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Late-For-Work Radio

The response to my leaving the employ of Z100 has been a little surprising to me. The sheer volume of nearly universally positive comments has been stunning. I've heard from literally hundreds of people I have come in contact with over 28+ years in New York and even more from people I've never met or even spoken with before. Some in the latter category are people I have known of and respected through their work, but for one reason or another, we had just never met.

One person kind enough to drop a personal note was a guy I've been corresponding with for a few years, John Kayes who is with BBC Radio Scotland. I mention his note here because he said something I think is very profound about the world of image production:

I am often asked – “what is great radio?”. There are now countless genres and formats out there but my answer is simple. It is called “Late For Work Radio”. The kind of radio you can’t leave the kitchen for, that makes you get off two bus stops later or sit in the taxi outside the office as the meter is running, just so you can hear the radio station that has drawn you in. Very very few people in the world can produce content like that and fewer do so on a daily basis.

Think about that for a minute and let it sink in. His compliment to me was that too many people by far, schedule sounds rather than create content. I am thrilled that he puts me in the latter category.

What about you? Do you create content? How long has it been since your own work raised goosebumps on your arms?

When I've put all the finishing touches on a piece and double-checked the gain of every soundfile, I usually run out of the studio and visit the kitchen or bathroom, to mainly give myself some space before I really sit down and listen to the full promo like a listener. Upon my return, I hit play and immediately turn my back on the workstation so I can't see all the files and faders, so I'm hearing it without any mechanical attention. This is how I listen like a listener. It's JUST the sound.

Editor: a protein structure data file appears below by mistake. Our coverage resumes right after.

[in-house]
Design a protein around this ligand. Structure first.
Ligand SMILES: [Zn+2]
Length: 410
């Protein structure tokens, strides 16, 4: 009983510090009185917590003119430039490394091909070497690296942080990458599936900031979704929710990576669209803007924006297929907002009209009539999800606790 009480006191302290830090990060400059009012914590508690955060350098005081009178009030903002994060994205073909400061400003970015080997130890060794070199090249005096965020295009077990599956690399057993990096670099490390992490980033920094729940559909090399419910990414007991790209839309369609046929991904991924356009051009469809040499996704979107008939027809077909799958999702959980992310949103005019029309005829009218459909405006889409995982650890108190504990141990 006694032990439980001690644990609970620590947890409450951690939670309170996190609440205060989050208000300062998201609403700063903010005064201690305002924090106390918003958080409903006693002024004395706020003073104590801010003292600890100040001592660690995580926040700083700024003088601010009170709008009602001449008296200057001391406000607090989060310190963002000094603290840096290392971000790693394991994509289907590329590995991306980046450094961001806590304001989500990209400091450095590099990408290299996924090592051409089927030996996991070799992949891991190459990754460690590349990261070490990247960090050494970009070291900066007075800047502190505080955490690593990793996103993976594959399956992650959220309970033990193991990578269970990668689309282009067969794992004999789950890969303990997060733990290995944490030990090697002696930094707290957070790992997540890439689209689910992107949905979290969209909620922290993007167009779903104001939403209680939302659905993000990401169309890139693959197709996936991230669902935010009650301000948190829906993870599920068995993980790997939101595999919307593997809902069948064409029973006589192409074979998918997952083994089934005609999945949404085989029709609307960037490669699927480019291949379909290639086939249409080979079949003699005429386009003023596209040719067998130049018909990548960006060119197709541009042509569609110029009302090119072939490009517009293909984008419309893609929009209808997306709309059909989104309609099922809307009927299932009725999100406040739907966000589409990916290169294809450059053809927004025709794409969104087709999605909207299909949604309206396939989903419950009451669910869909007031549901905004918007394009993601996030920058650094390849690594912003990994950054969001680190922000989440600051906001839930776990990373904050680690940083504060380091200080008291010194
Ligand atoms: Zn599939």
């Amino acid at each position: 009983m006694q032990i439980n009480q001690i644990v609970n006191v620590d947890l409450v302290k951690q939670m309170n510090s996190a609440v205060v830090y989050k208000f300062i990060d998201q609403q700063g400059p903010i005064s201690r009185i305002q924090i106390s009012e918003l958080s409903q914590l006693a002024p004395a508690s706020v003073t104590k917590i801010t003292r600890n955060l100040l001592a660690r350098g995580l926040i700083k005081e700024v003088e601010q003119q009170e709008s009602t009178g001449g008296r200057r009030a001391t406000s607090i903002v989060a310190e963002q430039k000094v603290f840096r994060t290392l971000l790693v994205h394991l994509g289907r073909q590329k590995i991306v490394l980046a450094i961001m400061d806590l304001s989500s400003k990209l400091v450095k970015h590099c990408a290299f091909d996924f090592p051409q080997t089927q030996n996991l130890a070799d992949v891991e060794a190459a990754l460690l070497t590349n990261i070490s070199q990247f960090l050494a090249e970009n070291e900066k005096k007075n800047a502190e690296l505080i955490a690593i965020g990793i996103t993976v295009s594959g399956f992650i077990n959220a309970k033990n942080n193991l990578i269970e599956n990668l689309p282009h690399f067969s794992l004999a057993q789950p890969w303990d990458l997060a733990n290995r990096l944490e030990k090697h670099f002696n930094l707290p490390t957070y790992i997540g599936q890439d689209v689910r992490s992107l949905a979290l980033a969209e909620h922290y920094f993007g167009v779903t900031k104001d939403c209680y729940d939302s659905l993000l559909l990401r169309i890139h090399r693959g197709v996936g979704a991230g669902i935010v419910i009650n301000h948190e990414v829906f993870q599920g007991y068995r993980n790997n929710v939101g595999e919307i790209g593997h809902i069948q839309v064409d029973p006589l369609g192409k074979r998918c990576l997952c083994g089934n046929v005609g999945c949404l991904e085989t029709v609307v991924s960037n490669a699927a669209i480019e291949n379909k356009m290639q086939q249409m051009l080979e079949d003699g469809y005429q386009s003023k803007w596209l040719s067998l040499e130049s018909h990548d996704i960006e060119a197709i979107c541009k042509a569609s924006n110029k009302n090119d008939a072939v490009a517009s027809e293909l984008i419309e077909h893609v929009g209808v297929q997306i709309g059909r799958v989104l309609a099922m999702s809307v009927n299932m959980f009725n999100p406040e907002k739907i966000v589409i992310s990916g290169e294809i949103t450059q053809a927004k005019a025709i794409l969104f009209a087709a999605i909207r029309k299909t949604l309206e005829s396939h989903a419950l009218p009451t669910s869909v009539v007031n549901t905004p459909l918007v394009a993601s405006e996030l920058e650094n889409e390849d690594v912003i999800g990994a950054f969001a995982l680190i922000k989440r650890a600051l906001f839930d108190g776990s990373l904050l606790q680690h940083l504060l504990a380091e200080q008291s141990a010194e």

At that point, one of two things happen: 1.) I get the goosebumps and grin like The Joker on speed, or 2.) I sit back down and re-think the whole project. Fortunately, about 75% or the time, it is the former. I pack it up into a single stereo file, load it into the station's playback system and send a copy to my PD. Once he signs off on it (only once has he asked for a change), I run the scheduling software and get it on the air.

Years ago, I ran a production website where I once said that you can't be expected to hit grand slam homeruns every time. That most of the time each piece will be a hit, double or triple. I was wrong. EVERY single piece should be a grand slam. EVERY piece of production needs to raise goosebumps. When you don't get them, it's a sign that you need to re-think everything, make adjustments and turn up the emotional juice.

I know it's a high standard, but "good enough" cannot be an option, not if you want your station to be "Late-For-Work Radio." And shouldn't that be what we all strive for?

In a little more than two weeks, I will be dedicating myself to helping you become the best producer you can be, through this website, new and fresh tutorials (beginning with the basics), a long-promised book in the "how-to" vein, and by making myself even more available for your questions through email. Keep your eyes on this space.

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